As one would expect, monitoring has continued since 2007, and in the latest report (June 2011), the 11-station trends range from 2.8 to 7.7 mm/year (and +17.0 mm/year at the FSM station). The monthly data series are available here for people to check for themselves. Comparisons with the satellite altimeter records show a reasonable coherence since the West Pacific sea level has risen faster than the global mean (at least partially related to the number of recent La Niña events).
Roughly comparable trends (1991-2012) using the satellite altimeter record.
In summary, every piece of concrete information in the Gray/Cameron statement is wrong. They were wrong even in 2007 when the statement was written and even wronger when it was cut-and-pasted without sources in 2012. Yet demonstrating this took a a few hours of googling, a little familiarity with the issues and people, and obviously is not going to be done by every reader. Thus a statement which clearly make no sense goes unchallenged for years and keeps getting regurgitated. Sure, no single statement like this is likely going to change anyone’s mind about anything, but this one and others like it form part of a drumbeat of disinformation, which by repetition, becomes embedded and hard to shift.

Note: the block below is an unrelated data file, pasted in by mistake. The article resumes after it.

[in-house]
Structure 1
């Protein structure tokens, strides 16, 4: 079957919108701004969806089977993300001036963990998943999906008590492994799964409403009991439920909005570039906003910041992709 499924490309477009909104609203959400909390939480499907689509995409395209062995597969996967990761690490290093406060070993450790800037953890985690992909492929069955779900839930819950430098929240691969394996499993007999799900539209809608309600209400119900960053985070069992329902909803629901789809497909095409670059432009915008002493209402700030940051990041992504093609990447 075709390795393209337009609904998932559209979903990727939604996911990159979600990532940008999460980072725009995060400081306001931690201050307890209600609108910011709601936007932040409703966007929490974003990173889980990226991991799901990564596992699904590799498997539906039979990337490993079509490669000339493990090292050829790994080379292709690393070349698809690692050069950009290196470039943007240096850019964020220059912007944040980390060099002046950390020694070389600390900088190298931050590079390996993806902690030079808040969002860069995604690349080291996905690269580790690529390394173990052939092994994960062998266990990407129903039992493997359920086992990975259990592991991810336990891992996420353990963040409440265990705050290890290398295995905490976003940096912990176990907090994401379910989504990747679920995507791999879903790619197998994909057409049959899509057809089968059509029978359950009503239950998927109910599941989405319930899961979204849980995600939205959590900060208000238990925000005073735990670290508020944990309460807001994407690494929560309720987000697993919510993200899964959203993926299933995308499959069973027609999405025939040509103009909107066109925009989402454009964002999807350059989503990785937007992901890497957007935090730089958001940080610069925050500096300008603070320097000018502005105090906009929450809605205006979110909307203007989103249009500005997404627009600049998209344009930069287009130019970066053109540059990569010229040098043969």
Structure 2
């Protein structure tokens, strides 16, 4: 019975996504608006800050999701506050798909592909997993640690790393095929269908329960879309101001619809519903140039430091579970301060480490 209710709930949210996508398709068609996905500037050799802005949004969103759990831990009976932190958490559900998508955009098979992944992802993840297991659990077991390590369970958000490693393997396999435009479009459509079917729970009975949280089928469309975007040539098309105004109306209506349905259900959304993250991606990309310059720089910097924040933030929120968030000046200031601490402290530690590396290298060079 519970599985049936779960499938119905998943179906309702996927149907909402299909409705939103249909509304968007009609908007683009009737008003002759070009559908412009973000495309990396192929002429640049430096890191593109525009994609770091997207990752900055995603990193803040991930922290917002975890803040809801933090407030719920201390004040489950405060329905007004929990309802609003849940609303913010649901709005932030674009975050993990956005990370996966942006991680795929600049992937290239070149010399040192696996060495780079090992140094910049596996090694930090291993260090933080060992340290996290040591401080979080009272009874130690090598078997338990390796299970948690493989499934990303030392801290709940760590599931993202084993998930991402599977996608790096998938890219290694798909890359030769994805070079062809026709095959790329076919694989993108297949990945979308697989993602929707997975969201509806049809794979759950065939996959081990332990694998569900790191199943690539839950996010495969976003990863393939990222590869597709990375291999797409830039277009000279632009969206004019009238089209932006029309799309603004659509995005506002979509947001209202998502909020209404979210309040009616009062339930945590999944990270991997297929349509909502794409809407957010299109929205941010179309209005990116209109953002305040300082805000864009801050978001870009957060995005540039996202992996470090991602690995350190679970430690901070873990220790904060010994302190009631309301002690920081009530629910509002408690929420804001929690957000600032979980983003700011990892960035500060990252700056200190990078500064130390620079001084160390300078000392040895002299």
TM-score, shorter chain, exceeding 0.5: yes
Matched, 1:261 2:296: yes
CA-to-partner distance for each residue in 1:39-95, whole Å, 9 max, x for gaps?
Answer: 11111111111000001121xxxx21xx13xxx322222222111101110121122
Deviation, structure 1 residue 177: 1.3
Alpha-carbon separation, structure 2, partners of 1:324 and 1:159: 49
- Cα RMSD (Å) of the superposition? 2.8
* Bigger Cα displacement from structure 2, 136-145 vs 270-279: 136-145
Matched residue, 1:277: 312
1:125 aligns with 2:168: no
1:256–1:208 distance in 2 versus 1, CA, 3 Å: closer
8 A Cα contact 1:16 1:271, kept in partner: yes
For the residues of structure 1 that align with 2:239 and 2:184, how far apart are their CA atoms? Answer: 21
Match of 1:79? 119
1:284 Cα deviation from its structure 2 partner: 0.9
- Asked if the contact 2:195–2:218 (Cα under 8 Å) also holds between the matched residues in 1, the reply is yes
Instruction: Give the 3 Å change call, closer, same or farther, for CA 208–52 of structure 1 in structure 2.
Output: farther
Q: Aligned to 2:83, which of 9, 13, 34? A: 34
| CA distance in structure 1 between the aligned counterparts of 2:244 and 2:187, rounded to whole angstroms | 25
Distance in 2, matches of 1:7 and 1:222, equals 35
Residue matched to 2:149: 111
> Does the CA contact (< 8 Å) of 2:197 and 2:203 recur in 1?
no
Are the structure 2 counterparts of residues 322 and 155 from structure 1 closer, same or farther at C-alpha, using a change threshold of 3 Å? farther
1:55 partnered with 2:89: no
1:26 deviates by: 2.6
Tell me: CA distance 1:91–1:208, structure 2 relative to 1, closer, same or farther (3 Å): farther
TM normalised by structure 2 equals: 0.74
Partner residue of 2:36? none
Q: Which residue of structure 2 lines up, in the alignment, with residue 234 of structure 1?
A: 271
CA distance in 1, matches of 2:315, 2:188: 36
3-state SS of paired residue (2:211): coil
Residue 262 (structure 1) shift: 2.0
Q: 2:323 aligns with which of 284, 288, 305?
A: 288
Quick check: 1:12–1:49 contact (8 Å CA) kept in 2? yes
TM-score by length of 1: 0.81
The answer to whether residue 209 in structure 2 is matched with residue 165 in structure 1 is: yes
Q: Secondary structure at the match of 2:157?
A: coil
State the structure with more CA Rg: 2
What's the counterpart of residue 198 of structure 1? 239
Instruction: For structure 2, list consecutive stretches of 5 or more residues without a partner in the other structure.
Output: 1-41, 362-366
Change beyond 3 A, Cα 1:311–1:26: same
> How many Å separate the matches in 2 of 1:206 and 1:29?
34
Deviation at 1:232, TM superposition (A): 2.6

A good question would be why I bothered to research a claim in an obscure comment, on an obscure letter to the editor in a regional newspaper I have never read, and I don’t really have a good answer. Clearly, looking for substantive points in newspaper comment threads is a bit of a fool’s errand, but I was still surprised at how completely wrong every single aspect of the comment was. Given that I did look into it, it is worth sharing here – just on the off chance it will save someone else the bother.
* The Golden Horseshoe award, whose name derives from the Hammett quote above, is for spectacular wrongness in the climate discussion, first initiated by SomeAreBoojums, and occasionally revived by the Wabett.